NUTS AND BOLTS.
BEA is an exhilarating and exhausting experience. It is pricey, but thanks to my Authors Guild membership, my author’s badge cost just $80 instead of $279. Of course, you have to add the cost of airfare and a hotel. For an extra $25, I had breakfast with Stephen Colbert and a few hundred other attendees. He moderated a panel with authors Barbara Kingsolver, Junot Diaz and Jo Nesbo. The authors were almost as funny as Colbert. You can stream some 2012 panels at www.bookexpoamerica.com. Next year’s BEA is June 4-6, at Javits. Read More 
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About the book tour: San Diego

Jane Dumas, the heroine of the introduction, with Teepees/Casinos


Apr. 7, 2012
About the book tour: San Diego

In sunny San Diego, I had two author events in November 2011, one for the general public at the Downtown (Main) Library and another for San Diego Independent Scholars (SDIS) at the University of California at San Diego.

I spoke in the library's Wangenheim Room, the rare book room, a marvellous venue that was designed to look like a library in the home of a well-off family in the late 19th-early 20th century. Well-polished dark wood book shelves line walls, rugs cover the wood floors. Some glass cases display some of the room's treasures. One of them--not on display that evening--is a complete multi-volumed edition of Edward Curtis' original Native Americans of North America. Only about 300 were printed, and today, libraries and collectors guard those sets. In 2007, when I was living in San Diego, the library put some of the set on display in the Wangenheim Room, and I had the opportunity to see the exhibit and write about Curtis.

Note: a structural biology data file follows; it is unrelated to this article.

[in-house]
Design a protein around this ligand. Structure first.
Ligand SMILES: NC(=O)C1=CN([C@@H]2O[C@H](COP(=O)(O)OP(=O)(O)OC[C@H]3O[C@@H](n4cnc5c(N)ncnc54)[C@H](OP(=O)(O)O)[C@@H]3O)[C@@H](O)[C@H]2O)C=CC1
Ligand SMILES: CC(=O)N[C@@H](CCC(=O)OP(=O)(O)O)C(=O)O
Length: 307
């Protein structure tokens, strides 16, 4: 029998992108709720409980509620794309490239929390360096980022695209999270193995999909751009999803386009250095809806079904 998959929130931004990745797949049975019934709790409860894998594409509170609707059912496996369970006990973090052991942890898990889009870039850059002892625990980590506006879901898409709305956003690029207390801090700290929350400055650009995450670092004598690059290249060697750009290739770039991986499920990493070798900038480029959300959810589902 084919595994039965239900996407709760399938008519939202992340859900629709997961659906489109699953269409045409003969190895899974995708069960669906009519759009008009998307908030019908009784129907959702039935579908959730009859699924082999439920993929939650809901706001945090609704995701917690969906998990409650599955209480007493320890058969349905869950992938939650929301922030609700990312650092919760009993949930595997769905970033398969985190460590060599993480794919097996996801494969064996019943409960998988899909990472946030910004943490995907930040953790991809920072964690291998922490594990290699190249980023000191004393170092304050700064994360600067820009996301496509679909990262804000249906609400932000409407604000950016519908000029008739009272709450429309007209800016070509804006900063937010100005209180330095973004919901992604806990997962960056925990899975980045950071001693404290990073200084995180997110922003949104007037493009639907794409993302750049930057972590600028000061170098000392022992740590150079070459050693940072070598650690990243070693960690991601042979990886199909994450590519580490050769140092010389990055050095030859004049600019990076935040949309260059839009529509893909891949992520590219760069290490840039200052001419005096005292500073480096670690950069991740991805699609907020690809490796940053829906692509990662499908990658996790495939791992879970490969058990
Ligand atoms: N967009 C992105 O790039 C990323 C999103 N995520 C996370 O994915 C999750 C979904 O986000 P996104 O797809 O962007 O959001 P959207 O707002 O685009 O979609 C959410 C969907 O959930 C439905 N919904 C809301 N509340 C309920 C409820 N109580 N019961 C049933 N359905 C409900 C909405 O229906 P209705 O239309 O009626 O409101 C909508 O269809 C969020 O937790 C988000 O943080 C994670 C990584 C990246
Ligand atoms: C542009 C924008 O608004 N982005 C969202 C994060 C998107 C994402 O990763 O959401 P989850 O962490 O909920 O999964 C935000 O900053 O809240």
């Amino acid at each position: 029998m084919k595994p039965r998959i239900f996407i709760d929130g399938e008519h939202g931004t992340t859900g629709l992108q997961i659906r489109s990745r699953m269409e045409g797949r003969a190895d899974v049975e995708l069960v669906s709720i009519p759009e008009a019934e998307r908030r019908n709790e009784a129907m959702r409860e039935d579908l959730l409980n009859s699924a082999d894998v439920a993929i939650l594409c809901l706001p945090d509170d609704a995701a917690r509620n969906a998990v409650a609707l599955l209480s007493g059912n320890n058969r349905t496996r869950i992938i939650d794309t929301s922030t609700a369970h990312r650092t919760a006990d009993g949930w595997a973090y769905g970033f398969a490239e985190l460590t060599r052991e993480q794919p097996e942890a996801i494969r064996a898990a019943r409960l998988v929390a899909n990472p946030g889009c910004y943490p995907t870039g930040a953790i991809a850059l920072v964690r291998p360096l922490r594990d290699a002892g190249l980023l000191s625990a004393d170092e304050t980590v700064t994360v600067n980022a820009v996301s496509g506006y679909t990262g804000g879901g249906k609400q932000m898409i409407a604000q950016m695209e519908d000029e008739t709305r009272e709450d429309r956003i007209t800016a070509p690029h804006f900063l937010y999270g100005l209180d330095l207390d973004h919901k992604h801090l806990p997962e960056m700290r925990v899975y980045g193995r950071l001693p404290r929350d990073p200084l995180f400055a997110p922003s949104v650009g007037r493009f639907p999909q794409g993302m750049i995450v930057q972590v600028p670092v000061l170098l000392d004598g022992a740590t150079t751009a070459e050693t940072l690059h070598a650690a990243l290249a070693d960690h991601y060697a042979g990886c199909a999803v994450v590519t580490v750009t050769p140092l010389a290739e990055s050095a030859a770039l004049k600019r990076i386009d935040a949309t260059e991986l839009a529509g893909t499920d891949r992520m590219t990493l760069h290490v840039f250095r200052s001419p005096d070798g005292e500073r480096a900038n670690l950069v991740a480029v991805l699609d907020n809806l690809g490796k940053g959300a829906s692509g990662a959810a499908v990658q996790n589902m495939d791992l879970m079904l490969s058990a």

So this event was like a homecoming for me. About 15 people lively and engaged people attended--not bad given the warnings I had had about no one showing up! The talk was easy, because the introduction of the book was set in San Diego and the Kumeyaay of that area. So I read some of the chapter, and then threw it open for discussion. I had told the audience that some of them probably knew more about the Kumayaay than I did, and I was right!

The second event was also a homecoming. Again, while living in San Diego, I had been a member of SDIS. This is one of a half-dozen groups around the country composed of writers, scholars and intellectuals who have no academic affiliation but who work to publish valuable work in various fields. SDIS simply meets at UCSD for convenience; the university gives the group the chancellor's conference room for its monthly meeting.

I was November's featured speaker, and I was delighted to see familiar faces. This too is an active and engaged group, but they expected more and different! Besides content, they wanted to know how I had come to write the book, what challenges I faced, and other questions relating to scholarship and marketing. Like the library group, they were also knowledgeable about some of the subject matter.

San Diego ilustrates one of the lesser-known issues that authors face, namely, simply selling books at events. Bookstores are easy. They order the books from the warehouse, take care of the transactions , and handle the books after you leave (putting some on the shelf for later sale, returning those they can't sell). You just have to entertain and sign books. At both San Diego meetings, I had to sell the books myself--on a cash basis-- because neither organizations had mechanisms for charge cards or handling money. My friend Marina Bezzatti helped me out at the library, and I handled it alone at SDIS. But you have to work fast and do your own record-keeping.